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Pathways to Progression: Improving progression rates for young retail workers

The retail sector must come together with the government on an industrial strategy with good jobs at its heart.


Pathways to progression: improving progression rates for young retail workers – written by the Fabian Society for the TUC – looks at low-paid employees in 2001-2004 and again in 2014-2016. It finds that retail is the worst industry for pay and progression. Out of people on low pay in 2001-2004, two in five (42 per cent) who worked in retail were still stuck in low-paid work a decade later.

Across the economy as a whole, 9 out of 10 low-paid teenagers in 2001-2004 escaped low pay by their late 20s (2014-2016). But in contrast more than a quarter (27 per cent) of employees the same age in retail had not escaped low pay over that period.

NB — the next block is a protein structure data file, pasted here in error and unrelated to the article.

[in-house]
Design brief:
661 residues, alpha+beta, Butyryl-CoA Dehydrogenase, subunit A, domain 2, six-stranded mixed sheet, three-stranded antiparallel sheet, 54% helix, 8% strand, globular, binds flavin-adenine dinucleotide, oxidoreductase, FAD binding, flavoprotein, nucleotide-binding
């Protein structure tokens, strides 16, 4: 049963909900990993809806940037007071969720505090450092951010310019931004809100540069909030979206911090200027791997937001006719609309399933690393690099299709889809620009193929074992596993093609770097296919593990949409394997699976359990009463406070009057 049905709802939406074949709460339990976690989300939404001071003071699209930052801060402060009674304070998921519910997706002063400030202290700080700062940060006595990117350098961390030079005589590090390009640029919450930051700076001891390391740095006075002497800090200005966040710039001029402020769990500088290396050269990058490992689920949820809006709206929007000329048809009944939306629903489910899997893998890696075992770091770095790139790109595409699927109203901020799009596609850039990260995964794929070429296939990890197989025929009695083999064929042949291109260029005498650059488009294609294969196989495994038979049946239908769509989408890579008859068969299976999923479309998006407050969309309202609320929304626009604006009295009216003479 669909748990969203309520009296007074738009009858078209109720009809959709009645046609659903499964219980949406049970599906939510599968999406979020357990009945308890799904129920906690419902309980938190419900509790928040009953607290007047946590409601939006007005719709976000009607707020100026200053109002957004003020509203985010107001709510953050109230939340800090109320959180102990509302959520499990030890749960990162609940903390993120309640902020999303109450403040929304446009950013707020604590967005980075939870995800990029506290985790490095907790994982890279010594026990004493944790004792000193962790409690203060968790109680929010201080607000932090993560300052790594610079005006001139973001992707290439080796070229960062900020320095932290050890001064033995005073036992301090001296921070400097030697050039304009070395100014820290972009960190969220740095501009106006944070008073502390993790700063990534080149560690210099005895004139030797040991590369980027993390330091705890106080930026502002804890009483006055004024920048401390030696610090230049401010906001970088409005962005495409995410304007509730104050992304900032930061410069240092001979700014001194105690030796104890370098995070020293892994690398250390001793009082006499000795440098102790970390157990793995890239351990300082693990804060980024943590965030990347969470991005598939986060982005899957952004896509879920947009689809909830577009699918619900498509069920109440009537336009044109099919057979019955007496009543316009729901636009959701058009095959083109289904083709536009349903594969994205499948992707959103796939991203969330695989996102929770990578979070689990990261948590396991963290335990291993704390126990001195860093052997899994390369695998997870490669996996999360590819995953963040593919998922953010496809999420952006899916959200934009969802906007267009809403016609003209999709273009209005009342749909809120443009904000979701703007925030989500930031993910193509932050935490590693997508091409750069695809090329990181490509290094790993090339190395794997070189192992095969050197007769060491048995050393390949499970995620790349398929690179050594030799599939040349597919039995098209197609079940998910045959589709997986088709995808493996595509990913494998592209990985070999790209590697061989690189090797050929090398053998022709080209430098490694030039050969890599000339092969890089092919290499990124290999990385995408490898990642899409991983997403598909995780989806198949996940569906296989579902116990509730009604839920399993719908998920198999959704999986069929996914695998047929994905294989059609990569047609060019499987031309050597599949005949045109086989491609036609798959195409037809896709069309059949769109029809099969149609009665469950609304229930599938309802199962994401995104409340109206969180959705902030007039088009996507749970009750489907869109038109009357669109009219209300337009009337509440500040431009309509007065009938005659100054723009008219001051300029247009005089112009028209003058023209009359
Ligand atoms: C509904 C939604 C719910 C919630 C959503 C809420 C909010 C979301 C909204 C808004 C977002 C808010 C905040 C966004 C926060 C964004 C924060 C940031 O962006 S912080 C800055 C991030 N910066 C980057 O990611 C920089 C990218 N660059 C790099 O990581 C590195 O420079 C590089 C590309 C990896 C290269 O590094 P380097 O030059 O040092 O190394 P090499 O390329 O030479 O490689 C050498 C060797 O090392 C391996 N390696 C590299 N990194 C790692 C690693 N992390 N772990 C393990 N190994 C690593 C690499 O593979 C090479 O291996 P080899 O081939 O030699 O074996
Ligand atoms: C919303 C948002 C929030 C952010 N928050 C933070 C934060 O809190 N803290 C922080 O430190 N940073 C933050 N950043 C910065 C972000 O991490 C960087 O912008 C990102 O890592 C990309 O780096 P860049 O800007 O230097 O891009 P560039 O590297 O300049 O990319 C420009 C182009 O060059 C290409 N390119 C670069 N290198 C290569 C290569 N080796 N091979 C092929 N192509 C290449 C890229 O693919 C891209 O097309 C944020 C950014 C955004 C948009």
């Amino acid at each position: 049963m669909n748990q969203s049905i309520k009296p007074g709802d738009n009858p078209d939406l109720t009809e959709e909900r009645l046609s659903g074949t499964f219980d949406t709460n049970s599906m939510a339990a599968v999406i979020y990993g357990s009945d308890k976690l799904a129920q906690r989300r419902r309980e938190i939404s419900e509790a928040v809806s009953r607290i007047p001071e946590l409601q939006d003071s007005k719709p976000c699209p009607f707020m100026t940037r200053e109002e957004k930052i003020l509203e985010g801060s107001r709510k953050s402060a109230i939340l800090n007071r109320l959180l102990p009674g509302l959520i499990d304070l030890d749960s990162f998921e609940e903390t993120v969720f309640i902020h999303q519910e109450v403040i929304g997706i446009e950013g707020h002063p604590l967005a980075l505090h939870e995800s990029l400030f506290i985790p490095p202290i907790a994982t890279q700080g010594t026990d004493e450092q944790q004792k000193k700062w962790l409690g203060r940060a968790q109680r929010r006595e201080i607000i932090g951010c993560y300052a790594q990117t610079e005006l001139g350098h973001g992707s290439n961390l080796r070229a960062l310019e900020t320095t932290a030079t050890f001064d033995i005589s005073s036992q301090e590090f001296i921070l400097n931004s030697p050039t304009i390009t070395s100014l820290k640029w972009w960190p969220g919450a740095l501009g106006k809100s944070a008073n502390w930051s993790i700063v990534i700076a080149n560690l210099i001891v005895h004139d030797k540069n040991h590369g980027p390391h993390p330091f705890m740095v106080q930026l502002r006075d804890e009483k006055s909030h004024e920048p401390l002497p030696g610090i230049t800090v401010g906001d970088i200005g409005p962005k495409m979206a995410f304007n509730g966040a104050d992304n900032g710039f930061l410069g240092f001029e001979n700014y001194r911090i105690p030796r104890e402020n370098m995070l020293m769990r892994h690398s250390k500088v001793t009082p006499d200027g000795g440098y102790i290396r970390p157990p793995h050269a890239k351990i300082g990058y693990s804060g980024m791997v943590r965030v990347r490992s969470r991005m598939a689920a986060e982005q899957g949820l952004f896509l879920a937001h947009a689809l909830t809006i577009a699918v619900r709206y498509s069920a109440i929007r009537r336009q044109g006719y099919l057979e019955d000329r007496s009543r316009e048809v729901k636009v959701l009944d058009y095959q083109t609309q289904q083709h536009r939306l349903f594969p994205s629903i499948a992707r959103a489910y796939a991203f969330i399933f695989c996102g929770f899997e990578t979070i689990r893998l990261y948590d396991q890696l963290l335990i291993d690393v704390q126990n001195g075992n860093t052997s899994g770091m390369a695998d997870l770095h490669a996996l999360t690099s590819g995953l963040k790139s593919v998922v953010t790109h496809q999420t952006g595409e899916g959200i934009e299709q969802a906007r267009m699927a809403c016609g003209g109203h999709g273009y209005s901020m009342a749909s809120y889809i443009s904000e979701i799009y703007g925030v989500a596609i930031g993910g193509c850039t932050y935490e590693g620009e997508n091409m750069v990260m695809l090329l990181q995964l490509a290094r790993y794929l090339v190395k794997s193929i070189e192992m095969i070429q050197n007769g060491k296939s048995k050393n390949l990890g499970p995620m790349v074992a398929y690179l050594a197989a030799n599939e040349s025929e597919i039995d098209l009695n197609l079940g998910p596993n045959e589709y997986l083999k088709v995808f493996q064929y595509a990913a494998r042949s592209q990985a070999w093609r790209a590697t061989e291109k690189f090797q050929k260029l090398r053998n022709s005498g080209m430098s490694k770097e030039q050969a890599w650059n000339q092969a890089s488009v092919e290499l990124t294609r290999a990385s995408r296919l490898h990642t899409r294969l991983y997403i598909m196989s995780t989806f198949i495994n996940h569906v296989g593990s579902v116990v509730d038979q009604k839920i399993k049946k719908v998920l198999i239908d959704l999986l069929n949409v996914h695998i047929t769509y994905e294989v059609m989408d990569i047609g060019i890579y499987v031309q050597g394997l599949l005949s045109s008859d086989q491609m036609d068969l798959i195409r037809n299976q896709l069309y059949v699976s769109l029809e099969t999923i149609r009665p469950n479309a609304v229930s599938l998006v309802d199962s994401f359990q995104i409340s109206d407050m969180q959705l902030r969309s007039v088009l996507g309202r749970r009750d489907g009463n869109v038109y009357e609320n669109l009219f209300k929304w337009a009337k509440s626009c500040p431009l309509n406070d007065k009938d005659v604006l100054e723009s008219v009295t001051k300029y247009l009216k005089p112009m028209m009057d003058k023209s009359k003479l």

The Fabian Society estimates that just over half a million workers aged between 18 and 29 are currently working in low-paid retail work. Median pay for young workers in the sector is £8.42 an hour – lower than the median wage across the economy for workers aged 18-29 (£9.88) and substantially lower than median pay for the population as a whole (£12.18).

Improving pay and progression for retail workers can help companies by increasing retention, broadening the pool of talent and improving productivity. The retail sector must come together with the government on an industrial strategy with good jobs at its heart.

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Andrew Harrop

Andrew Harrop is general secretary of the Fabian Society.


Cameron Tait

Cameron Tait is head of the Changing Work Centre and senior research fellow at the Fabian Society.


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